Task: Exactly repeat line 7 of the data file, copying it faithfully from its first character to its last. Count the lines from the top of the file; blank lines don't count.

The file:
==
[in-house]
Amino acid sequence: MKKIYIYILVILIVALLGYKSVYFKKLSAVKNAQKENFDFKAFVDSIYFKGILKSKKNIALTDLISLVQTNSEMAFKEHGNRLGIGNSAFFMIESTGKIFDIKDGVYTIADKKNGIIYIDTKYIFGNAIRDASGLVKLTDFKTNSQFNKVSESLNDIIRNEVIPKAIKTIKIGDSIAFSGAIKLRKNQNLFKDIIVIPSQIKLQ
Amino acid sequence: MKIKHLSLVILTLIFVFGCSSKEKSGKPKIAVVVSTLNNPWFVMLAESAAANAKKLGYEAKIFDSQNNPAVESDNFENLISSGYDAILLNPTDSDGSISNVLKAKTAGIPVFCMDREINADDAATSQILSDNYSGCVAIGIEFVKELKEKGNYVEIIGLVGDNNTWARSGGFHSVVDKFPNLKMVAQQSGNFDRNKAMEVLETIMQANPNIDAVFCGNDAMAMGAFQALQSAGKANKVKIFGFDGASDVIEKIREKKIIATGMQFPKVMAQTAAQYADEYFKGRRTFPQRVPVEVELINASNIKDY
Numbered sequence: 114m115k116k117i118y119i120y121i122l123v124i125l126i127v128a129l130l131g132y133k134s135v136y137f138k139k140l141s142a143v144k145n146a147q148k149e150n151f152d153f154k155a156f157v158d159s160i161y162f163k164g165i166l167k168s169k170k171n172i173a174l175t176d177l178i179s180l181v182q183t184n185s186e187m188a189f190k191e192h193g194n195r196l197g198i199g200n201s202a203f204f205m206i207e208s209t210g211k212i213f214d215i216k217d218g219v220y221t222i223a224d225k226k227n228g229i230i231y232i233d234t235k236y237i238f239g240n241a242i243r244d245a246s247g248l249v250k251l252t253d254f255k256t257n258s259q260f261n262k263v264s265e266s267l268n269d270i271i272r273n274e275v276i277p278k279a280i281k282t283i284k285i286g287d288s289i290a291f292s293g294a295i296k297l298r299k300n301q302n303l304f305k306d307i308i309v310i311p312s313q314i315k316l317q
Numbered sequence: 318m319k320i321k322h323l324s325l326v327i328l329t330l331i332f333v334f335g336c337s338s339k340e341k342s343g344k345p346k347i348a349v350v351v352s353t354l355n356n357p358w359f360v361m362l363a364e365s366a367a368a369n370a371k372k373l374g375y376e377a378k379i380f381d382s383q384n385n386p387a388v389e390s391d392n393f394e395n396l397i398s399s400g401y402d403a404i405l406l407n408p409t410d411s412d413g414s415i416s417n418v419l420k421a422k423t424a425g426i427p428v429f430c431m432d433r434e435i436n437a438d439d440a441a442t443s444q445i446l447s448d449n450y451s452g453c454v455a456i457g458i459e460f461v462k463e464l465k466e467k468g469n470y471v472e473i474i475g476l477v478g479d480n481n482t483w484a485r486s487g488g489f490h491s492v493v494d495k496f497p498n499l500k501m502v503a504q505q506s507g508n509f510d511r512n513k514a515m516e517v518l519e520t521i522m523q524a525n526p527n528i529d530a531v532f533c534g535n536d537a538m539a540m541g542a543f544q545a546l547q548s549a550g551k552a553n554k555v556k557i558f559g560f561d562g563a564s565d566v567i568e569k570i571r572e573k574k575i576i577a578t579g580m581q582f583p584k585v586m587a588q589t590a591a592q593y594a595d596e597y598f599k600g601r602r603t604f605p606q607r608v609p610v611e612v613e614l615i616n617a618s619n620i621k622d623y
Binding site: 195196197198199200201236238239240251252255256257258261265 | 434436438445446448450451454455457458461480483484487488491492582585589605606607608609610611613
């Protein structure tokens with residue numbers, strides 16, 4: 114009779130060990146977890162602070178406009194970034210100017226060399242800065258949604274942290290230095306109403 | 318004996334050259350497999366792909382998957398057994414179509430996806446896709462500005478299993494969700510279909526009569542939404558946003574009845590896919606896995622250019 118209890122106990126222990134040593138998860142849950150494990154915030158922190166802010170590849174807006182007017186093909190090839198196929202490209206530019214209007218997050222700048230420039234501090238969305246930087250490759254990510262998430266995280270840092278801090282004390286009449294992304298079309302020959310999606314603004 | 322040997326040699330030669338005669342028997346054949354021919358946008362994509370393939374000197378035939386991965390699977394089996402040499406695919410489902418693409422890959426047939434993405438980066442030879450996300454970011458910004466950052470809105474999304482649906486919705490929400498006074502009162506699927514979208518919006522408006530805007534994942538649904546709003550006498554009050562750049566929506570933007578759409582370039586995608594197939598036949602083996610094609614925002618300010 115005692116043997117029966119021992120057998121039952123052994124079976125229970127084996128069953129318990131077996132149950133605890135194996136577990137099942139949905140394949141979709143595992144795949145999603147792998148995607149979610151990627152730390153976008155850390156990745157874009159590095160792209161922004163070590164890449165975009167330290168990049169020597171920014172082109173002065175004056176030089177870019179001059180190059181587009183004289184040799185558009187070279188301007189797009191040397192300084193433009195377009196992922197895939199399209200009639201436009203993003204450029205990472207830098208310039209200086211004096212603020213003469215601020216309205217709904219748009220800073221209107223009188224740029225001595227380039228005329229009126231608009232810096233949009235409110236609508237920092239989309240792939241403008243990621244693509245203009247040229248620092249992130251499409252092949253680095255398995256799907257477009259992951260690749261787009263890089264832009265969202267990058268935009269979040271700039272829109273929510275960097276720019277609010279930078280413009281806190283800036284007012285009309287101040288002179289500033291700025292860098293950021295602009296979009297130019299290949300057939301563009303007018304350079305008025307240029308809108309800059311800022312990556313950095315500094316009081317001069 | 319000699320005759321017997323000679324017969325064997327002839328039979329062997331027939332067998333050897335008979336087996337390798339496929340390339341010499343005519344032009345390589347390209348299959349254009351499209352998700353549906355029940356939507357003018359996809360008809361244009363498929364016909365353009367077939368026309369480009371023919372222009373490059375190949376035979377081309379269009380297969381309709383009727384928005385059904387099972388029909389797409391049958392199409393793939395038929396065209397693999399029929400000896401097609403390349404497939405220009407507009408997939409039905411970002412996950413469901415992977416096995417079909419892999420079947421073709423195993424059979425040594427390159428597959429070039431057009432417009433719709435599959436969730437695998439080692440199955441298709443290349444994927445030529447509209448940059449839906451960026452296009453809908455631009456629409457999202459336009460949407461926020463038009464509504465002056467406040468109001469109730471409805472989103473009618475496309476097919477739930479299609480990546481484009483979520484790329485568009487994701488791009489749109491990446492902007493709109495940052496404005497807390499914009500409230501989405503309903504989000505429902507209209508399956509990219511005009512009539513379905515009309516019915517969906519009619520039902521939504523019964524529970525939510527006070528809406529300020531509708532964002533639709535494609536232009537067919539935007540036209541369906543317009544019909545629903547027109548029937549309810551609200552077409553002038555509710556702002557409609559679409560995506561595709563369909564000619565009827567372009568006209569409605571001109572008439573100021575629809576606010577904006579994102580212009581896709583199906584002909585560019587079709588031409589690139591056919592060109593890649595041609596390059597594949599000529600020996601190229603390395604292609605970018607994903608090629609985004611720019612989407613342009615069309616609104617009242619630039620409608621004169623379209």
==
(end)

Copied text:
């Protein structure tokens with residue numbers, strides 16, 4: 114009779130060990146977890162602070178406009194970034210100017226060399242800065258949604274942290290230095306109403 | 318004996334050259350497999366792909382998957398057994414179509430996806446896709462500005478299993494969700510279909526009569542939404558946003574009845590896919606896995622250019 118209890122106990126222990134040593138998860142849950150494990154915030158922190166802010170590849174807006182007017186093909190090839198196929202490209206530019214209007218997050222700048230420039234501090238969305246930087250490759254990510262998430266995280270840092278801090282004390286009449294992304298079309302020959310999606314603004 | 322040997326040699330030669338005669342028997346054949354021919358946008362994509370393939374000197378035939386991965390699977394089996402040499406695919410489902418693409422890959426047939434993405438980066442030879450996300454970011458910004466950052470809105474999304482649906486919705490929400498006074502009162506699927514979208518919006522408006530805007534994942538649904546709003550006498554009050562750049566929506570933007578759409582370039586995608594197939598036949602083996610094609614925002618300010 115005692116043997117029966119021992120057998121039952123052994124079976125229970127084996128069953129318990131077996132149950133605890135194996136577990137099942139949905140394949141979709143595992144795949145999603147792998148995607149979610151990627152730390153976008155850390156990745157874009159590095160792209161922004163070590164890449165975009167330290168990049169020597171920014172082109173002065175004056176030089177870019179001059180190059181587009183004289184040799185558009187070279188301007189797009191040397192300084193433009195377009196992922197895939199399209200009639201436009203993003204450029205990472207830098208310039209200086211004096212603020213003469215601020216309205217709904219748009220800073221209107223009188224740029225001595227380039228005329229009126231608009232810096233949009235409110236609508237920092239989309240792939241403008243990621244693509245203009247040229248620092249992130251499409252092949253680095255398995256799907257477009259992951260690749261787009263890089264832009265969202267990058268935009269979040271700039272829109273929510275960097276720019277609010279930078280413009281806190283800036284007012285009309287101040288002179289500033291700025292860098293950021295602009296979009297130019299290949300057939301563009303007018304350079305008025307240029308809108309800059311800022312990556313950095315500094316009081317001069 | 319000699320005759321017997323000679324017969325064997327002839328039979329062997331027939332067998333050897335008979336087996337390798339496929340390339341010499343005519344032009345390589347390209348299959349254009351499209352998700353549906355029940356939507357003018359996809360008809361244009363498929364016909365353009367077939368026309369480009371023919372222009373490059375190949376035979377081309379269009380297969381309709383009727384928005385059904387099972388029909389797409391049958392199409393793939395038929396065209397693999399029929400000896401097609403390349404497939405220009407507009408997939409039905411970002412996950413469901415992977416096995417079909419892999420079947421073709423195993424059979425040594427390159428597959429070039431057009432417009433719709435599959436969730437695998439080692440199955441298709443290349444994927445030529447509209448940059449839906451960026452296009453809908455631009456629409457999202459336009460949407461926020463038009464509504465002056467406040468109001469109730471409805472989103473009618475496309476097919477739930479299609480990546481484009483979520484790329485568009487994701488791009489749109491990446492902007493709109495940052496404005497807390499914009500409230501989405503309903504989000505429902507209209508399956509990219511005009512009539513379905515009309516019915517969906519009619520039902521939504523019964524529970525939510527006070528809406529300020531509708532964002533639709535494609536232009537067919539935007540036209541369906543317009544019909545629903547027109548029937549309810551609200552077409553002038555509710556702002557409609559679409560995506561595709563369909564000619565009827567372009568006209569409605571001109572008439573100021575629809576606010577904006579994102580212009581896709583199906584002909585560019587079709588031409589690139591056919592060109593890649595041609596390059597594949599000529600020996601190229603390395604292609605970018607994903608090629609985004611720019612989407613342009615069309616609104617009242619630039620409608621004169623379209």